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This nature had to be shaped to conform to socially acceptable ways of behaving.As time went on, however, socialization came to be seen more and more as the end result-- that is, as internalization.When frightened or frustrated she would erupt into silent frenzies of rage--flailing about, scratching, spitting, throwing objects, but never uttering a sound.Aside from not speaking, her lack of socialization was apparent in her behavior: She would urinate in unacceptable places, go up to someone in a store and take whatever she liked of theirs, and peer intently into the faces of strangers at close range.A couple, for example, may negotiate between themselves a conception of marriage that is sharply different from the view of marriage held by people in the larger society.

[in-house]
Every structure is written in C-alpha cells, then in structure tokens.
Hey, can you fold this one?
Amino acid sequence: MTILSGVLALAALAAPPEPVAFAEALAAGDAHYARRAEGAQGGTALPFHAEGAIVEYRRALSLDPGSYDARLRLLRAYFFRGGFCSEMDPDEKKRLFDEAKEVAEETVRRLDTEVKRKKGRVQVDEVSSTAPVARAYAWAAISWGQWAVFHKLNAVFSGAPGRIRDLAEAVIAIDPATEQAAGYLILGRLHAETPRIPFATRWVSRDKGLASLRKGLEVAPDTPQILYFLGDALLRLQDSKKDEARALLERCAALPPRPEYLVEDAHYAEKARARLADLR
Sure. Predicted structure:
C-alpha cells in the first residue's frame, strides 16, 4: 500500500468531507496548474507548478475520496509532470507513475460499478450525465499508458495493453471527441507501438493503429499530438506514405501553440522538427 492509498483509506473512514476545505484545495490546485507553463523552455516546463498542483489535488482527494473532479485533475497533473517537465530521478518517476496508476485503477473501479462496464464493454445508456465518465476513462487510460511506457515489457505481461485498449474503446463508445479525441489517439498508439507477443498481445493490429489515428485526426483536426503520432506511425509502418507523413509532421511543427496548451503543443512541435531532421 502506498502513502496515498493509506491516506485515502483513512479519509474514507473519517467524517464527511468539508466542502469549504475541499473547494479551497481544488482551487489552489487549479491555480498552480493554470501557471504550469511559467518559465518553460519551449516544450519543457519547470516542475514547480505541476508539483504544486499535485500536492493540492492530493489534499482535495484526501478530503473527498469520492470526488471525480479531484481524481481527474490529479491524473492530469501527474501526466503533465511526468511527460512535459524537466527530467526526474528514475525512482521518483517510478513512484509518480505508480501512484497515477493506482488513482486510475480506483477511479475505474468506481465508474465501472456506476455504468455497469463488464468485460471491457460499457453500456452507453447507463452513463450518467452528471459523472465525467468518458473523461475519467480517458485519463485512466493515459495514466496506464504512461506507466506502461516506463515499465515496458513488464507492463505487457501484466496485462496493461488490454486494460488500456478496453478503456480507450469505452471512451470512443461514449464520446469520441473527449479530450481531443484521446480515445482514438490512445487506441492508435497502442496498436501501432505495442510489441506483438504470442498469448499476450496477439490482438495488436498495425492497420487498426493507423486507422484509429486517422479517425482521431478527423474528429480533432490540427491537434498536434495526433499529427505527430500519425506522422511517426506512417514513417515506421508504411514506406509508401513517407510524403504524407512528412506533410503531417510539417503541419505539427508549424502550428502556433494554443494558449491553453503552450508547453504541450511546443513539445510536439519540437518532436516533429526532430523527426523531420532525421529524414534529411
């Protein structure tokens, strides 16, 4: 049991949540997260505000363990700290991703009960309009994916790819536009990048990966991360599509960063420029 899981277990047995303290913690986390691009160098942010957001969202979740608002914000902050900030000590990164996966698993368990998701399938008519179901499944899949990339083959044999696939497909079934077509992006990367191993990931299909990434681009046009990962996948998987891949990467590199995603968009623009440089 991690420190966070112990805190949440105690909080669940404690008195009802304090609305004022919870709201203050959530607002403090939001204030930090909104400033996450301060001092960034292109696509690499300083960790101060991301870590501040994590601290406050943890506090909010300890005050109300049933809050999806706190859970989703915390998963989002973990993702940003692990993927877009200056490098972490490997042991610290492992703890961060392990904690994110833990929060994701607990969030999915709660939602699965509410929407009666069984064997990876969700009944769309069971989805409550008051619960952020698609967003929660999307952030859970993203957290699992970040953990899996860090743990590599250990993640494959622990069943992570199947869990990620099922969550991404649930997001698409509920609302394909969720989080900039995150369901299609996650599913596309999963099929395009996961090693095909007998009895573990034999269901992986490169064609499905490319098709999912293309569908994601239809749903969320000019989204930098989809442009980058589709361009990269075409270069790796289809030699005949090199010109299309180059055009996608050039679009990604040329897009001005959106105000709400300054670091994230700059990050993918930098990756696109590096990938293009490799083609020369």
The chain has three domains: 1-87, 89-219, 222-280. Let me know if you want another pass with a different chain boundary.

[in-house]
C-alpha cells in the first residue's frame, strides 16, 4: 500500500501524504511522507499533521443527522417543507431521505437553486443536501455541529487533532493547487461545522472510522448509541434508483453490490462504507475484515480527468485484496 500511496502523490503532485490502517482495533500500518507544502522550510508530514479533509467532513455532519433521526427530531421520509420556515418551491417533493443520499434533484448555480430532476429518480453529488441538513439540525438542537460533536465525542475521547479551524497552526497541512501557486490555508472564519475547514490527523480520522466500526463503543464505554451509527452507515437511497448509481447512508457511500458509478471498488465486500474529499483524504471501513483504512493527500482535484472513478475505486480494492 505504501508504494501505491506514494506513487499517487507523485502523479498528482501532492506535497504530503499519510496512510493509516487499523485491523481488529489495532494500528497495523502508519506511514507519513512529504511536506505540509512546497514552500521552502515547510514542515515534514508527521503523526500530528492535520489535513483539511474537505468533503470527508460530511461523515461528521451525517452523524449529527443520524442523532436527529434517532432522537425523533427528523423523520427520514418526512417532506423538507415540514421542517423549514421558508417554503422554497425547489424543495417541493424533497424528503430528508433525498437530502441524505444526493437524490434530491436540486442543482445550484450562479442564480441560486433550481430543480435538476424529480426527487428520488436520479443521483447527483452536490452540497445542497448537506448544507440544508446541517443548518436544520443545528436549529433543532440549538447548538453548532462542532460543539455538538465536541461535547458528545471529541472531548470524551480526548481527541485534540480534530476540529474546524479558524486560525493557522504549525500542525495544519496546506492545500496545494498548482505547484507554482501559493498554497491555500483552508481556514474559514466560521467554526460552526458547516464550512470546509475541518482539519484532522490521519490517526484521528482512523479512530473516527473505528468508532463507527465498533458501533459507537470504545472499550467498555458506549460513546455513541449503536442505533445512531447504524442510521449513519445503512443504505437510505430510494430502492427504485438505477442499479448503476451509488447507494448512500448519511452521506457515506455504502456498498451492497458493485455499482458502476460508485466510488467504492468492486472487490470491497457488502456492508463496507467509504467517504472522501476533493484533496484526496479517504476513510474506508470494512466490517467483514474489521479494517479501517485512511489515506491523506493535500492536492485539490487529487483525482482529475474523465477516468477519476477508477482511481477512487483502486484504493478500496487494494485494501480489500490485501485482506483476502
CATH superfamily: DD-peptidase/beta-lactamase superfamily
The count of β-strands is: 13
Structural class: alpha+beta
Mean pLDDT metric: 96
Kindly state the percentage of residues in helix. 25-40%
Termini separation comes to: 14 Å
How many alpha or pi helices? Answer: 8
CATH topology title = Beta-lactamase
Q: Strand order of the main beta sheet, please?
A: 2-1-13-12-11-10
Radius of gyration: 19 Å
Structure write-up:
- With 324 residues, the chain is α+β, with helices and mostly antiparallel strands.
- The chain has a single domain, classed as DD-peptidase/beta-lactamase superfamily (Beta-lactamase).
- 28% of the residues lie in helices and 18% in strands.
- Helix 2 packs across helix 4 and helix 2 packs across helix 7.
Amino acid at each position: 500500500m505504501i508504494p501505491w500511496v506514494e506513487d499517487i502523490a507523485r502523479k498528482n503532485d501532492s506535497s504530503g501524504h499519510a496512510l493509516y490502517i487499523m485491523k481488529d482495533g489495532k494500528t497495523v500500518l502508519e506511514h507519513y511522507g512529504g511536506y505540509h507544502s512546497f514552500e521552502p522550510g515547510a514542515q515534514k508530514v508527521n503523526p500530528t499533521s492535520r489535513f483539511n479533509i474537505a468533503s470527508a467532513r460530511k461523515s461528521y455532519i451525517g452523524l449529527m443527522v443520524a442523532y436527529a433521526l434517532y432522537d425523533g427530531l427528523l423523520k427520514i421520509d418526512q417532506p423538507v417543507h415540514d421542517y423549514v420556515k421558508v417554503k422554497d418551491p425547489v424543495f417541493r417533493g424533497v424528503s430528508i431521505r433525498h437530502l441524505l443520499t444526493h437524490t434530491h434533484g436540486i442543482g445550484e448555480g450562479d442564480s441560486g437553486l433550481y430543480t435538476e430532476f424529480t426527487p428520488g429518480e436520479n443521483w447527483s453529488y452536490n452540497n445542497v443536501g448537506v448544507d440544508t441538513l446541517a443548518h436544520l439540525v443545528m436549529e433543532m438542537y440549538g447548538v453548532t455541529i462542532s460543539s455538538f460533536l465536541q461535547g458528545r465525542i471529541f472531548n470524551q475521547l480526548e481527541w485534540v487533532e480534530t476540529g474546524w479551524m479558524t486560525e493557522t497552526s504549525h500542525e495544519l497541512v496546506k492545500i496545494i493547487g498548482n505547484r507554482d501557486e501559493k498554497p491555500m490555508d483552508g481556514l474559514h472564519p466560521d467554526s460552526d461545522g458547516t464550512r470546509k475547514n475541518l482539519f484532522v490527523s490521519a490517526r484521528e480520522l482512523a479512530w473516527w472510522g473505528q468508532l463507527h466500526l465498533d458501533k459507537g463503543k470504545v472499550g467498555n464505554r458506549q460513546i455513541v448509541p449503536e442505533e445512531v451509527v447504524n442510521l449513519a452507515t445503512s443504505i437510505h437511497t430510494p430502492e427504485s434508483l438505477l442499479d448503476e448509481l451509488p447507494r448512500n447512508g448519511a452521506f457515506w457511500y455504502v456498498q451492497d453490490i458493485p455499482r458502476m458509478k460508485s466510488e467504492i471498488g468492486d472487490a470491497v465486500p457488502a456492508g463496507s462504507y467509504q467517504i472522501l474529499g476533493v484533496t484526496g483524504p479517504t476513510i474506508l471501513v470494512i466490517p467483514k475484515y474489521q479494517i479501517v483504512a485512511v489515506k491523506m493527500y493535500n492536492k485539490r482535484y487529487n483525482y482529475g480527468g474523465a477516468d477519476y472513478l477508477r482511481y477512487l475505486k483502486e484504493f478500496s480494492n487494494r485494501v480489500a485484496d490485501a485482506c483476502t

Society was seen as the primary factor responsible for how individuals learned to think and behave.She was malnourished, incontinent, and salivated constantly [Curtiss, 1977].Despite all this, when the psychologist Susan Curtiss first met her, Genie was alert, curious, and intensely eager for human contact.Someone who runs a red light, for example, knows perfectly well that one is not supposed to do that but is doing it anyway.

The possibility that individuals might have needs, desires, values, or behaviors different from those that society expects (or demands) of them was not seriously considered by As Parsons used the term "internalization," it referred to the tendency for individuals to accept particular values and norms and to conform to them in their conduct.

The interpretive perspective sees socialization as an interactive process.